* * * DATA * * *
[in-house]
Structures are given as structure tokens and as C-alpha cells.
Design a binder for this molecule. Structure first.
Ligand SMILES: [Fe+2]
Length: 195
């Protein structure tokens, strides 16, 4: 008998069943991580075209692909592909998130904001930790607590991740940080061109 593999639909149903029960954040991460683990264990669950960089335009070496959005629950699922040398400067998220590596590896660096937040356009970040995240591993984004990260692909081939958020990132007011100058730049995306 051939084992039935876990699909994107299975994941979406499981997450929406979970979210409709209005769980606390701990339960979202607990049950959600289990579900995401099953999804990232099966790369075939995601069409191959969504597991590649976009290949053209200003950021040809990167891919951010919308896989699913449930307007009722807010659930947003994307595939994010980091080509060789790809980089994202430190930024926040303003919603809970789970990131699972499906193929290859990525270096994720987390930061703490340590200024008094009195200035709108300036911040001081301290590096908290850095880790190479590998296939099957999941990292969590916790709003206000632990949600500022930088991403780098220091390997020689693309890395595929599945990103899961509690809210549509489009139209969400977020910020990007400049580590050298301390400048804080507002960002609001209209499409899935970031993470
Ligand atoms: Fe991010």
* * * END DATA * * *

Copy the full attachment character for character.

[in-house]
Structures are given as structure tokens and as C-alpha cells.
Design a binder for this molecule. Structure first.
Ligand SMILES: [Fe+2]
Length: 195
């Protein structure tokens, strides 16, 4: 008998069943991580075209692909592909998130904001930790607590991740940080061109 593999639909149903029960954040991460683990264990669950960089335009070496959005629950699922040398400067998220590596590896660096937040356009970040995240591993984004990260692909081939958020990132007011100058730049995306 051939084992039935876990699909994107299975994941979406499981997450929406979970979210409709209005769980606390701990339960979202607990049950959600289990579900995401099953999804990232099966790369075939995601069409191959969504597991590649976009290949053209200003950021040809990167891919951010919308896989699913449930307007009722807010659930947003994307595939994010980091080509060789790809980089994202430190930024926040303003919603809970789970990131699972499906193929290859990525270096994720987390930061703490340590200024008094009195200035709108300036911040001081301290590096908290850095880790190479590998296939099957999941990292969590916790709003206000632990949600500022930088991403780098220091390997020689693309890395595929599945990103899961509690809210549509489009139209969400977020910020990007400049580590050298301390400048804080507002960002609001209209499409899935970031993470
Ligand atoms: Fe991010």